SHRM will be switching to a new e-learning platform. Between January 1, 2016 and March 1, 2016, you will not be able to take the quiz required to receive credit for this book. However, the code you will receive when purchasing this book will be usable UNTIL December 31, 2015 and AFTER March 1, 2016. We apologize for any inconvenience. If you have any questions, please contact the SHRMStore at email@example.com.
This book has been Approved for Recertification Credit. After reading this approved book, you must complete a quiz on SHRM’s E-Learning platform. When you purchase this book from the SHRMStore, you will receive a code that you can use to cover the cost of the quiz. Receive a 70% or better score on the quiz and you will then receive a certificate of completion with the program ID that entitles you to 3.0 PROFESSIONAL DEVELOPMENT CREDITS for SHRM Certification and 2.5 GENERAL credit hours for HRCI. Use the corresponding Program IDs to log your credits. For a complete list of the books approved for credit, visit the Approved Books List. Learn more on our Frequently Asked Questions (FAQs) page.
How do organizations keep the workers they want?
Until now, employee retention strategies have been based on instincts rather than research. With no firm body of knowledge to use as a guide, employee turnover has been a problem for all organizations. Rethinking Retention in Good Times and Bad offers a top-to-bottom, organization-wide retention action plan. Many organizations lose employees and profits because they don't know which processes to put into place to cut employee turnover. They speak of building retention cultures but don't know who should do what and when. This hands-on tactical guide gives those answers, providing specific strategies and tactics backed by the author's own research and on-site experience.
Rethinking Retention in Good Times and Bad is essential reading for all types of organizations--large or small, public or private, with high concentrations of low-skilled or high-skilled workers, and across multiple industries. If you are losing workers you want to keep--in good economic times and bad--this book will tell you how to put retention solutions in place across your company.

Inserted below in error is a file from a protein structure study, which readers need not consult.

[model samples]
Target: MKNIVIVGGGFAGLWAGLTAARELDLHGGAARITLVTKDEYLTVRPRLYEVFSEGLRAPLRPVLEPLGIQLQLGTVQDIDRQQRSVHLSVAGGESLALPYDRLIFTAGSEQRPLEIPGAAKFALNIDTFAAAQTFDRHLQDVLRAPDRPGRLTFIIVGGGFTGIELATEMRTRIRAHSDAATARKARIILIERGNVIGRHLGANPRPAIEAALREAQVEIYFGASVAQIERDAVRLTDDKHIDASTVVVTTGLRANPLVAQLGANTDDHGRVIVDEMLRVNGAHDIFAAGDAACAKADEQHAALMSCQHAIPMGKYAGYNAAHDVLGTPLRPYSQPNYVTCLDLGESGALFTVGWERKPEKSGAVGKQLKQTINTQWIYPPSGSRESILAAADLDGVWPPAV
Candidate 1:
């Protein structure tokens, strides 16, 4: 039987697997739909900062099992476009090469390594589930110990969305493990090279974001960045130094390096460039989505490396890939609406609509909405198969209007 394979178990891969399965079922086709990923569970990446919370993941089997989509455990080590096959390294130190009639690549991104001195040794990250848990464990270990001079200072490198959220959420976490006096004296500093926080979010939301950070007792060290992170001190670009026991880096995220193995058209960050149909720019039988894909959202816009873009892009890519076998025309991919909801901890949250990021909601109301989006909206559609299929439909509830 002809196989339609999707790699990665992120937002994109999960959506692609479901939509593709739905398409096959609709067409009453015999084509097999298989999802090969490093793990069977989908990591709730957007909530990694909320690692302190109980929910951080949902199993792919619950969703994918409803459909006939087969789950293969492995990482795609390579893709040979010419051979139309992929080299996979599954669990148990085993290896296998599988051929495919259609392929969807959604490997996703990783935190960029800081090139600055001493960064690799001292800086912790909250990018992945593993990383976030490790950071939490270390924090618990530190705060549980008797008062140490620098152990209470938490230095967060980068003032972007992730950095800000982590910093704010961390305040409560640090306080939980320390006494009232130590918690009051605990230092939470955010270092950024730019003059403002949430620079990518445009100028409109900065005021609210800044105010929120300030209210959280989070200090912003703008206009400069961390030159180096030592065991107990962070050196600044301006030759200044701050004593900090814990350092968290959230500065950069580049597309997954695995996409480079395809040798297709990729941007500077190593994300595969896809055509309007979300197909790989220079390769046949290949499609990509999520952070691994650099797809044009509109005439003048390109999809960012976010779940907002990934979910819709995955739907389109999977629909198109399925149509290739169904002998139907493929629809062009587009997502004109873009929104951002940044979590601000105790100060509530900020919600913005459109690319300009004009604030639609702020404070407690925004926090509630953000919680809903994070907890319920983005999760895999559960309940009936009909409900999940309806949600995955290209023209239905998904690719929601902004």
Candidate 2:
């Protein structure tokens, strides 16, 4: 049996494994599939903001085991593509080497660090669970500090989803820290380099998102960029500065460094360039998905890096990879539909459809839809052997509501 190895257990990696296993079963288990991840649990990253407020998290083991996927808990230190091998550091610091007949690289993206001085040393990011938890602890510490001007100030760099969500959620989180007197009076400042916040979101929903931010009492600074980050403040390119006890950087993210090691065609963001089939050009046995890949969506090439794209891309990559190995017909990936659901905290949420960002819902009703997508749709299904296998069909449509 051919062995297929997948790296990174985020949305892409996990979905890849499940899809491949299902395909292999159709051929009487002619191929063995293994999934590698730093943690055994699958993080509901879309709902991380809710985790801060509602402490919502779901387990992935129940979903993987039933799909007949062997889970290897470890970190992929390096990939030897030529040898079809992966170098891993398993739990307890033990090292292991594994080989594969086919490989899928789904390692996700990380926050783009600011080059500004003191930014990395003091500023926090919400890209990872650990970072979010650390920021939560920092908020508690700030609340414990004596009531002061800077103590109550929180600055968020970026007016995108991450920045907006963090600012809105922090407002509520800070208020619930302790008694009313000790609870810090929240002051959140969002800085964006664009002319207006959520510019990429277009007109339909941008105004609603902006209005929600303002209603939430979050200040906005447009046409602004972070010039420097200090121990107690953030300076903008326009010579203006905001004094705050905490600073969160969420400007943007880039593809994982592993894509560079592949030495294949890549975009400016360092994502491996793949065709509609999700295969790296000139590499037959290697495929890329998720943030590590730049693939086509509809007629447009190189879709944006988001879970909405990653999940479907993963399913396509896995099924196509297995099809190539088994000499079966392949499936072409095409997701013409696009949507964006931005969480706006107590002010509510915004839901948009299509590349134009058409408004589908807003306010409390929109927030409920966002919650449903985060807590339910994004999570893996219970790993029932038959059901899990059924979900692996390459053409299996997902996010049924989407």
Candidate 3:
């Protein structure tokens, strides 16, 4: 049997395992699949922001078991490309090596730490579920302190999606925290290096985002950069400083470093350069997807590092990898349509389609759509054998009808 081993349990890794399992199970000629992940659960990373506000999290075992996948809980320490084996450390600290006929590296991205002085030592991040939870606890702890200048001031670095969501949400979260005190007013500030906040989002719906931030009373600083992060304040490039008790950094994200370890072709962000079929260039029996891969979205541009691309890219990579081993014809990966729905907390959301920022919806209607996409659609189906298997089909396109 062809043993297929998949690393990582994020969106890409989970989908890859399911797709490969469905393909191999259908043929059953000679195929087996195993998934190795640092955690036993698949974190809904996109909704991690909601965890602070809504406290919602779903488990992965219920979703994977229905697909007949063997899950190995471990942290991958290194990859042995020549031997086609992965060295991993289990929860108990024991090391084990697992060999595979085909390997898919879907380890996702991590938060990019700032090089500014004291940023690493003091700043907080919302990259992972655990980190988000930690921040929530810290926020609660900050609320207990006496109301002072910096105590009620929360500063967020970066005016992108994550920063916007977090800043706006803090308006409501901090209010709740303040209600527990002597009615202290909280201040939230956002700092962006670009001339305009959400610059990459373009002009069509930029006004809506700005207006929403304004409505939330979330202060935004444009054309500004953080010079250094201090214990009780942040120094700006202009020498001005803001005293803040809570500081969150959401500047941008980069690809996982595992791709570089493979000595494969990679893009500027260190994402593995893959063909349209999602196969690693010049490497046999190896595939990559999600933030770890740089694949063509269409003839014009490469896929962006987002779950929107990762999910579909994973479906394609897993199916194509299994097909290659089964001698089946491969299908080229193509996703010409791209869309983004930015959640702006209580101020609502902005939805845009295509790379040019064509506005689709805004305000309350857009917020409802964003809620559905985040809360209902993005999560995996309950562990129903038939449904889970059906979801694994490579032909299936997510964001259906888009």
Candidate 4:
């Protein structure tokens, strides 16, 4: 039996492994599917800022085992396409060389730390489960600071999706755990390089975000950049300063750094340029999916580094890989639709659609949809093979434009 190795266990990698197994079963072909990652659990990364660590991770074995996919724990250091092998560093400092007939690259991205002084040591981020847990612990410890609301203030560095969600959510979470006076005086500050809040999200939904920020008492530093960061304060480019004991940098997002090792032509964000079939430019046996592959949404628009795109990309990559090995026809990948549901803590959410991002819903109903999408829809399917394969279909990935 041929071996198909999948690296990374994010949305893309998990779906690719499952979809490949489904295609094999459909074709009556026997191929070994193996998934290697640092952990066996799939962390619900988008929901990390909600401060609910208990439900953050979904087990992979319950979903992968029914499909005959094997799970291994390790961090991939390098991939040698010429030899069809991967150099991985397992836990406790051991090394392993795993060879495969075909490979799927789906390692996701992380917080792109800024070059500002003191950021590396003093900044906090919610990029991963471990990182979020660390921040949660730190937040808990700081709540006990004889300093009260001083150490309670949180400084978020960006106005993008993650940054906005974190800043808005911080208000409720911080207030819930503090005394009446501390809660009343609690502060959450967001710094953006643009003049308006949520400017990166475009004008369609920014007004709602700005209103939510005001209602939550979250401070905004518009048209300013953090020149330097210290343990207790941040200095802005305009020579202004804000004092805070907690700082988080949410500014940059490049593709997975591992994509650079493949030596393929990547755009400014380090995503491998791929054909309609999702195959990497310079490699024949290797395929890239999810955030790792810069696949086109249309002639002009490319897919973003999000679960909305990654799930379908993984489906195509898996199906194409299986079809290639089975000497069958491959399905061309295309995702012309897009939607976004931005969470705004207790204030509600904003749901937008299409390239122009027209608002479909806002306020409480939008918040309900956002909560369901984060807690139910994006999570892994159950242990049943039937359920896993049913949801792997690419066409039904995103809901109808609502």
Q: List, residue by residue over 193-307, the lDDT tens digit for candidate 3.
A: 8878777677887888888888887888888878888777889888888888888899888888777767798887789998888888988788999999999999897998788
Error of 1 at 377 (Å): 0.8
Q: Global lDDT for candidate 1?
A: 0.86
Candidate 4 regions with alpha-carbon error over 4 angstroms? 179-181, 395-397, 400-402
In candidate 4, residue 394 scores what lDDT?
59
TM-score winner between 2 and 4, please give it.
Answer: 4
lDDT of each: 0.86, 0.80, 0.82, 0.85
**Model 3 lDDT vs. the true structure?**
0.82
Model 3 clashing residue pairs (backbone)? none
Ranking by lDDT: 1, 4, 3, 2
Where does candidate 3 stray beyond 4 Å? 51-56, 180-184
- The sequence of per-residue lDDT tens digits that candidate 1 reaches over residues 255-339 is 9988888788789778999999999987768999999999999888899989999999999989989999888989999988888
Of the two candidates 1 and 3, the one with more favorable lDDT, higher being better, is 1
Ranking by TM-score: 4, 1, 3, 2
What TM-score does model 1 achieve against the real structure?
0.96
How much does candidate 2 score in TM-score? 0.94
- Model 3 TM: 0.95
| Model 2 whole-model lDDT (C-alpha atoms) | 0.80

"The Zappos culture is based on the dedication of our employees to our core values. Finnegan's book provides straightforward tactics and best practices that can be useful for companies looking to hold on to the dedication and enthusiasm of their employees."
-- Tony Hsieh, CEO, Zappos.com
"Rethinking Retention in Good Times and Bad is very practical, thought-provoking and, I have to admit, occasionally aggravating--as in, 'Why didn't I think of that?!' Dick Finnegan has blended solid research with his extensive personal experience and an entertaining writing style to produce a terrific resource full of ideas we can use TODAY to start improving retention."
-- Mimi Breeden, Director of Human Resources, SunTrust Banks, Inc.
"Dick Finnegan has expanded and deepened the thought process for leaders in the quest to develop employee retention strategies. His book ventures beyond the traditional first-response approaches and with sound data, presents a true value proposition for retention. Rethinking Retention in Good Times and Bad is a thought-provoking yet practical guide that leaders in all types of organizations and in all industries can use."
-- Evelyn J. Pulliam, Vice President, Employment Compensation & Benefits, SYSCO
"This book makes a fresh and compelling case for a beefier talent retention model that is built on the very foundation of any business--process, strategy, and outcomes. It is relevant and timely in the healthcare industry, as opportunities and threats today converge to create a powerful opening for HR leaders to impact core business drivers. With all due respect to t-shirts, coffee mugs, and pizza parties as 'retention strategies,' Finnegan's work is a rare example of sound theory meeting pragmatic, easily implemented tactics."
-- Doug Dean, CCP, SPHR, Chief Human Resource Officer, Children's Health System, Birmingham, AL
|Name||Rethinking Retention in Good Times and Bad|